Hello again! Or welcome newcomers! Caffeine is my Muse is the name of the blog, and telling stories is often what I do. Sometimes I tell stories about Dungeons & Dragons campains (for more on that venture, feel free to check out Role-Playing Shenannigans). Other times I tell short stories I've made up. On really rare occassions, I write advice or tips about writing. This week marks a new chapter of the blog as I delve into my past and tell non-fiction stories about my time as a ferret owner. This story of multiple stories will likely take up many blog posts, much like my Positivity Camp story. This time, however, I have an ending in sight, lol.
Without any further delays, I hope you enjoy this week's introductory tale about what it's like to have ferrets.
So, there I was, watching three old ferrets running around a tiny room. I didn't know much about their personalities, yet, but I could tell thewhite one with streaks of gray had NO interest in the brown ferret. Those two were female and the fox colored ferret was male.
The more I watched Erin, the sable ferret, chasing after Teeka, the whitish ferret, the more curious I became. I asked if the behavior was normal and was told it was for those two. Teeka couldn't go anywhere without her shadow of an escort. No matter how many times she rolled, nipped, and slapped her follower in the face, Erin would pick herself up (typically after a few seconds delay as the kicks, slaps, and bites often left her stunned and occasionally disoriented) and chase after the shambling twitchy form of Teeka.
Teeka, I quickly learned, had a problem. While the other two could run in a straight line, Teeka...well, Teeka had problems. Oh, don't get me wrong. That tiny spitfire had energy, and she always got where she wanted to go, but she had a twitch to her. How do I describe it?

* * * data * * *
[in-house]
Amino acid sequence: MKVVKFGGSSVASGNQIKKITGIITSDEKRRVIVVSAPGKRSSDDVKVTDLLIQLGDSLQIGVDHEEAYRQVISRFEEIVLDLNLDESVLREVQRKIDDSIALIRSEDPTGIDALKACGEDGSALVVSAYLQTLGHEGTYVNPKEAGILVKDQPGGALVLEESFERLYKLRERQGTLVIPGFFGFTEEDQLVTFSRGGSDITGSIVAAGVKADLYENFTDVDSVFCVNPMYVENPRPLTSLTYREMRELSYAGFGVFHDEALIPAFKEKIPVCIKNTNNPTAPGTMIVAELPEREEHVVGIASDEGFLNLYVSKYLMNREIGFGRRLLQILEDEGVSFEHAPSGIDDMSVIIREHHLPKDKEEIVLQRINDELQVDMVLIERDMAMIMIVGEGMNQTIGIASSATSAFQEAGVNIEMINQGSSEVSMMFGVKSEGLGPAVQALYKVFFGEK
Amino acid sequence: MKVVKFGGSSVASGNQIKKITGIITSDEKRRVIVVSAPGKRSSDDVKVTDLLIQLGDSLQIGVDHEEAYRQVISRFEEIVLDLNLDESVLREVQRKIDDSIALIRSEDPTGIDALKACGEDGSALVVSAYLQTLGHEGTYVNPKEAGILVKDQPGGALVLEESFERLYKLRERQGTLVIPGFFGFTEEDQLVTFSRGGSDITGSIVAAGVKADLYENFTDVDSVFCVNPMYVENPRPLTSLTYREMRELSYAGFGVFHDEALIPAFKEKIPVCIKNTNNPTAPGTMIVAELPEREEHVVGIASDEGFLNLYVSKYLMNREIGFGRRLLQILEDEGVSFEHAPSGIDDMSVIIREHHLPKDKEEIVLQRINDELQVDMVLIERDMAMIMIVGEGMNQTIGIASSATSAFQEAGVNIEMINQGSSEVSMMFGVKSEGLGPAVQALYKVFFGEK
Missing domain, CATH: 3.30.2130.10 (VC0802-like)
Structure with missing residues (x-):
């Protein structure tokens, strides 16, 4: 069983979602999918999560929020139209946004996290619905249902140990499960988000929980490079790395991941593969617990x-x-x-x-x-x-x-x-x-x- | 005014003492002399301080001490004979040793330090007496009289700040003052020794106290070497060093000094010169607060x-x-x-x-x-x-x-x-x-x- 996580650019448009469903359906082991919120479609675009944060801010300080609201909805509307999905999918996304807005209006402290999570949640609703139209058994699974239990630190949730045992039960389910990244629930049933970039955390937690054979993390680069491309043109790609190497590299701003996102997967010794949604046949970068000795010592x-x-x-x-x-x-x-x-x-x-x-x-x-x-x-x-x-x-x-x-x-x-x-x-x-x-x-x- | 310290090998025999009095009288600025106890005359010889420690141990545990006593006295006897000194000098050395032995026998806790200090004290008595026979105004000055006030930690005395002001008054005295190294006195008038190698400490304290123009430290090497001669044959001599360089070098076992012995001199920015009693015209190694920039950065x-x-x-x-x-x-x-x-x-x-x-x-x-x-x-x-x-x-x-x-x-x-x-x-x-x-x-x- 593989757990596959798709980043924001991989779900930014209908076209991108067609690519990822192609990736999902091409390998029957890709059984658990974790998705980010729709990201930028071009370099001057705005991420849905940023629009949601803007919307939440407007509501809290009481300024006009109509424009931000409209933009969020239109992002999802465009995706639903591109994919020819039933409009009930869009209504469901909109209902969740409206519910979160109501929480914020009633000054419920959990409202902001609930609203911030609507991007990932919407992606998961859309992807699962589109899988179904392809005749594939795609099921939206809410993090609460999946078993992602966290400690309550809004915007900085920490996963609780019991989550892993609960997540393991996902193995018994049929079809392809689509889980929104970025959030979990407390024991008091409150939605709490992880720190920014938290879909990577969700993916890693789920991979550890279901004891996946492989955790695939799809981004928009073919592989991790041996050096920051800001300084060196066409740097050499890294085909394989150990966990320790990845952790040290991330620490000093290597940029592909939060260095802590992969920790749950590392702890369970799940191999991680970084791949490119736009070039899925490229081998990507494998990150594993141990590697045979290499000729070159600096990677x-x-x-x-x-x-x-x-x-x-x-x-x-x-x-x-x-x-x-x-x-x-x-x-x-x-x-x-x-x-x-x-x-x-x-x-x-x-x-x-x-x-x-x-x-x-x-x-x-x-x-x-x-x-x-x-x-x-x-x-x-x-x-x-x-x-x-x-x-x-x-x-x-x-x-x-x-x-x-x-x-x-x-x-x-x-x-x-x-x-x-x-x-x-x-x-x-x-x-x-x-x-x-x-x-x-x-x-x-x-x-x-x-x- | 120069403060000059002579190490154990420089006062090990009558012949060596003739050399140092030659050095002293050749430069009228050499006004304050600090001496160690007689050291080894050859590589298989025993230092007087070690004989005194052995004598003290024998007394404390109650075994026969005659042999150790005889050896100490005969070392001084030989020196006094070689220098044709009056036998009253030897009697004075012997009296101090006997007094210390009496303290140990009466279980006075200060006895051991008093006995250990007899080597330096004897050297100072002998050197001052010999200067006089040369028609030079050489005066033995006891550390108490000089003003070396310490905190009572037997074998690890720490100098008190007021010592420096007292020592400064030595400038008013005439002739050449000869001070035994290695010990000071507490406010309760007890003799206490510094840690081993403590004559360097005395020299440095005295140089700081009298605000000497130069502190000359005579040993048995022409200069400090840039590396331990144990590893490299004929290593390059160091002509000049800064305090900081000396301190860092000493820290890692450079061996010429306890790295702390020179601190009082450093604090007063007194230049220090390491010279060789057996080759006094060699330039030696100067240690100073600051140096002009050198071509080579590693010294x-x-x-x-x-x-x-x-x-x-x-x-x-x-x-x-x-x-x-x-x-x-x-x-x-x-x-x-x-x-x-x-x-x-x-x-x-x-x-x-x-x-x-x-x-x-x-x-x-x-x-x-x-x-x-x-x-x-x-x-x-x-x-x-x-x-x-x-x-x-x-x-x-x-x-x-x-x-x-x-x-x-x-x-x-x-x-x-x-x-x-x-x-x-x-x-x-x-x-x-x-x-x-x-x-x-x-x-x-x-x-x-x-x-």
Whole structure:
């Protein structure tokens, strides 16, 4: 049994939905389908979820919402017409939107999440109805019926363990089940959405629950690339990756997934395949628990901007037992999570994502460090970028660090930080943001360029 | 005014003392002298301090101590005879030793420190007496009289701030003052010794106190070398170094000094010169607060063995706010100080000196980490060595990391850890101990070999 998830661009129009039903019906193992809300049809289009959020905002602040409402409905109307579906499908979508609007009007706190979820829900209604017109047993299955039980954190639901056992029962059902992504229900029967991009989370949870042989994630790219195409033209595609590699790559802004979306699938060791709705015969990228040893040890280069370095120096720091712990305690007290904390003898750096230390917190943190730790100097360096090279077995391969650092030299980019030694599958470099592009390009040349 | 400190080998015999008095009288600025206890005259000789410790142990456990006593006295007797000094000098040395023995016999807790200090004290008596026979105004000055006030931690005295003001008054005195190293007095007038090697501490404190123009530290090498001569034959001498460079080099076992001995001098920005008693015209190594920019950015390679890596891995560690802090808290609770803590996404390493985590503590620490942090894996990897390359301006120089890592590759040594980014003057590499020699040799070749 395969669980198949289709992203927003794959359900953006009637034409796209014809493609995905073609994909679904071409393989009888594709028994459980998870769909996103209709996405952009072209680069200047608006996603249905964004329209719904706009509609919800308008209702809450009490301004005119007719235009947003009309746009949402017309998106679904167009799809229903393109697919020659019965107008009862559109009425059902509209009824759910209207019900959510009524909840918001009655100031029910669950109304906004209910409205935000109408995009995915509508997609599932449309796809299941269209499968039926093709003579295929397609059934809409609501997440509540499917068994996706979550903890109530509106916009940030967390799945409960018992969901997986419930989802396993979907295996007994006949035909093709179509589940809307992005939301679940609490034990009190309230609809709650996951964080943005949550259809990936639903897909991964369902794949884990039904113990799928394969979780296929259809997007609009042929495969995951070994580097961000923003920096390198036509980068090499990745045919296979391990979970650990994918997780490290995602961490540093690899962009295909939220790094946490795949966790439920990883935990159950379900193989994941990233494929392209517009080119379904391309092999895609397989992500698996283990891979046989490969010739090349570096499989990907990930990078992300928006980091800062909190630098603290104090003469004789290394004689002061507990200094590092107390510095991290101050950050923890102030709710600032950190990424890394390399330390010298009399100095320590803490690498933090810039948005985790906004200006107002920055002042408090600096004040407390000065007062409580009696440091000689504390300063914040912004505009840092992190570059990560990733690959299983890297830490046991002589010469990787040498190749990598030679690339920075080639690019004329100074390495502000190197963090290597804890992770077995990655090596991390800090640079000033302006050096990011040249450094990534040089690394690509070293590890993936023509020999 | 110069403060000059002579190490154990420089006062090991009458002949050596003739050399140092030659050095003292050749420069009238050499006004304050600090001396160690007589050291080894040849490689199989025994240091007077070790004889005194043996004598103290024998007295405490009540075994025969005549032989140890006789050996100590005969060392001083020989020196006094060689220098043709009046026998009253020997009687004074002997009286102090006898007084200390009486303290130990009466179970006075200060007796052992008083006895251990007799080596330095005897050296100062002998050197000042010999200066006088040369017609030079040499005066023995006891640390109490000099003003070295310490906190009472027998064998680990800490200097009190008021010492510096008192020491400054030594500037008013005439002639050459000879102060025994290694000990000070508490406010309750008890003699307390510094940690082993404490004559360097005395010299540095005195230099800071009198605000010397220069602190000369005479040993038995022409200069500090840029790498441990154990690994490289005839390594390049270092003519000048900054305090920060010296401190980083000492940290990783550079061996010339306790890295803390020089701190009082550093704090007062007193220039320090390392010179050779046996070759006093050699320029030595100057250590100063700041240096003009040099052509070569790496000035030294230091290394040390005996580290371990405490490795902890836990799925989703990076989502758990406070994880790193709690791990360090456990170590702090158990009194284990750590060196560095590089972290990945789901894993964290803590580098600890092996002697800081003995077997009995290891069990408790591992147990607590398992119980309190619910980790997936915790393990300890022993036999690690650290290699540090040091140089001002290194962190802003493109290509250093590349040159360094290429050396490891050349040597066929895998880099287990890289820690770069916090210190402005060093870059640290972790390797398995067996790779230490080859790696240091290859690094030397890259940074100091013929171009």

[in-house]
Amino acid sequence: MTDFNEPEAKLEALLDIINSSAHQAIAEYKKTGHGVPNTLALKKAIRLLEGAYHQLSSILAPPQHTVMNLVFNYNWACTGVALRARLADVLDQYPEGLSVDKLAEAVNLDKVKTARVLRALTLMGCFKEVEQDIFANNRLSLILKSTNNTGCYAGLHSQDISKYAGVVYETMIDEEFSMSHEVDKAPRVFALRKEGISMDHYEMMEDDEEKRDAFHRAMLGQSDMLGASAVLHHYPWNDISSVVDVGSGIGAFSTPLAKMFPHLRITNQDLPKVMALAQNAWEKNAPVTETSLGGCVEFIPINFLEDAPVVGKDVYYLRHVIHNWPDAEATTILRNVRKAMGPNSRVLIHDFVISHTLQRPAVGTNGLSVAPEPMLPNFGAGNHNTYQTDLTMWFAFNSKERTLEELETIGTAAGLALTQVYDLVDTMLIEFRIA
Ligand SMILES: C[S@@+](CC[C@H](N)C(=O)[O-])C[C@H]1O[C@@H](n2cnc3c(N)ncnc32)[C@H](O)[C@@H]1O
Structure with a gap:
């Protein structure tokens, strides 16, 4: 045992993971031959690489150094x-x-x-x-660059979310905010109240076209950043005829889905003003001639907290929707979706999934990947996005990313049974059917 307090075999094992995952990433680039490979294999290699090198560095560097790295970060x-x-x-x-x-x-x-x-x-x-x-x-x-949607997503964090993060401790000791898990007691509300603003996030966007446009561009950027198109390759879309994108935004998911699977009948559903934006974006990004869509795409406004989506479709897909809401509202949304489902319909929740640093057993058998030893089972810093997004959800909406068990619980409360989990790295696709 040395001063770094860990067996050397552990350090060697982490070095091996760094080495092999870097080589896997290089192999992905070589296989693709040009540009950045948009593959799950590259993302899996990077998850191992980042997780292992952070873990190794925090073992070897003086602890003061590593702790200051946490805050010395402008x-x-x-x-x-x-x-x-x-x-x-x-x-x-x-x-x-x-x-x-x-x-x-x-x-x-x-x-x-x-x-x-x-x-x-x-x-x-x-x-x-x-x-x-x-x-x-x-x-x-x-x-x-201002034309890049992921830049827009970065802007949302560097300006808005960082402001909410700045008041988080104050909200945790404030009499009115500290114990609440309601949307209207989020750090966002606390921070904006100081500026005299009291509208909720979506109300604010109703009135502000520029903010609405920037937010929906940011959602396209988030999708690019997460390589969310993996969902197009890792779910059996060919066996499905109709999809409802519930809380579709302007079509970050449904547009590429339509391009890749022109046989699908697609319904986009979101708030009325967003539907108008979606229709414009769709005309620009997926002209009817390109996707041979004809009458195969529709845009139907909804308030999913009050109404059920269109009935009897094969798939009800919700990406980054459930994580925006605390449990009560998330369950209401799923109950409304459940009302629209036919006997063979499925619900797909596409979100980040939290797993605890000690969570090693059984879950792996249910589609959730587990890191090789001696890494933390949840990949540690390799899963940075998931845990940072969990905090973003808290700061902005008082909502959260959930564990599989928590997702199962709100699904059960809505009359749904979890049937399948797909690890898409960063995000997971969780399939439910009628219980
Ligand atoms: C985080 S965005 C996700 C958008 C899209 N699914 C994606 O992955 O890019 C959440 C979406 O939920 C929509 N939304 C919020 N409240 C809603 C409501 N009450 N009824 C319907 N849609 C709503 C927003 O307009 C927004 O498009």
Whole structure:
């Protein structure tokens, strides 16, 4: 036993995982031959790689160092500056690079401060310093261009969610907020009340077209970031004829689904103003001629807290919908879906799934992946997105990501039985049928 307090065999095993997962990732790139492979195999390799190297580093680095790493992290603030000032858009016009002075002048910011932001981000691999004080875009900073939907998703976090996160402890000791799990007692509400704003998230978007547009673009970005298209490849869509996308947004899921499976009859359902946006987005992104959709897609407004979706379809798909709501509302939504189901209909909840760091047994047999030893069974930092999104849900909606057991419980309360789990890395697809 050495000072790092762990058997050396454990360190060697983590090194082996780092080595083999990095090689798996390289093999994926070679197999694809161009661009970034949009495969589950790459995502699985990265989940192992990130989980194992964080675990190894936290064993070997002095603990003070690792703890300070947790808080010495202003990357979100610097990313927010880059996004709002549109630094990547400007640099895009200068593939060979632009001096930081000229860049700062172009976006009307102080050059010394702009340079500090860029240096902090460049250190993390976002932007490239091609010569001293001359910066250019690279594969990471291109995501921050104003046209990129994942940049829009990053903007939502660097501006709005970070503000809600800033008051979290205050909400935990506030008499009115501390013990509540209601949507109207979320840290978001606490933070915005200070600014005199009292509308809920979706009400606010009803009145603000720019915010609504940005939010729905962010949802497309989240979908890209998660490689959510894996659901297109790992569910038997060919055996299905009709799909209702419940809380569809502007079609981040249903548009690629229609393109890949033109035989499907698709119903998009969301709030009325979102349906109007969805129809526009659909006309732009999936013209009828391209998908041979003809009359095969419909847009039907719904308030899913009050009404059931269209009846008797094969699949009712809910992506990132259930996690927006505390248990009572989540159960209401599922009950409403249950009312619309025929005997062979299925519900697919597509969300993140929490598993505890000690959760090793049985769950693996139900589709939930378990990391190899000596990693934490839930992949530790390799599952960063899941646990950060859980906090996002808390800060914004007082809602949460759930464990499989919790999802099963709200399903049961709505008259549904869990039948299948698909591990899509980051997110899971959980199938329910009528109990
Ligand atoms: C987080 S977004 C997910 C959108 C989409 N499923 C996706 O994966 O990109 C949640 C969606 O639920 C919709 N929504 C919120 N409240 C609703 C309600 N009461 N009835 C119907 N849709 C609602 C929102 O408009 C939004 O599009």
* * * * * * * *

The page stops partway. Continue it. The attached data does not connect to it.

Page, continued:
If you've ever watched Fox & The Hound, you may recall that cute little caterpillar. Now, do you recall that scene where the little cutie became electrocuted and started walking spasmodically? That's Teeka to a Tee. Spasmodic little spitfire. Her pace more than doubled that of the other two ferrets, but every so often she would stop, flip, and roll and bite and scratch at all parts of her tiny form. Her movements were lightning quick. It always looked as though she formed into a ball instead of a bent pipe cleaner. An enraged ball, I might add. Once done with her two to three second spasm of activity, she'd run right along as though nothing had happened.
It was during her spasmodic twitching that Erin often caught up. I honestly don't know if Teeka intended to slap Erin in the face or to bite at her fur. It seemed like Erin was acasualty of Teeka's war on herself. Then again. That may have been what Teeka wanted us all to think.
I found out later that Teeka's spasmodic twitch/scratch/bite sessions started when Erin joined the pack. What a clever ploy, then, to attack Erin while also relieving an itch her presence had caused.
To this day, I do not know if Teeka was truly allergic to Erin, but I do know that nothing I gave her seemed to help make the itchiness go away.
Aside from those two, I don't know that I noticed much about Tango, the foxy reddish-orange ferret. Well, I did notice his gorgeous coat of fur, but his personality didn't really shine through until much later.
The same day that I met the trio of thieves, I adopted them. My friend wanted them to live in a house and not in a room. Plus, they were deadly villains. I kid you not. They killed one of her chinchillas when she stepped briefly out of the room. Dark but true. And a warning to all would be ferret owners. Ferrets know no sympathy. They know no fear. Like seriously. They don't know fear. Fear keeps us from doing stupid sh--, but ferrets? They'll do the same stupid sh-- over and over until they either get what they want or become distracted. If you look up videos of them against a cat or dog, the ferret typically wins. They're just too tenacious. Even huskies, giant huskies, will back down from the fight!
And that brings me to stupid activity number one: transporting loose ferrets in a car. Admittedly, this was more my error that theirs, but that didn't stop them from terrorizing me as we drove home.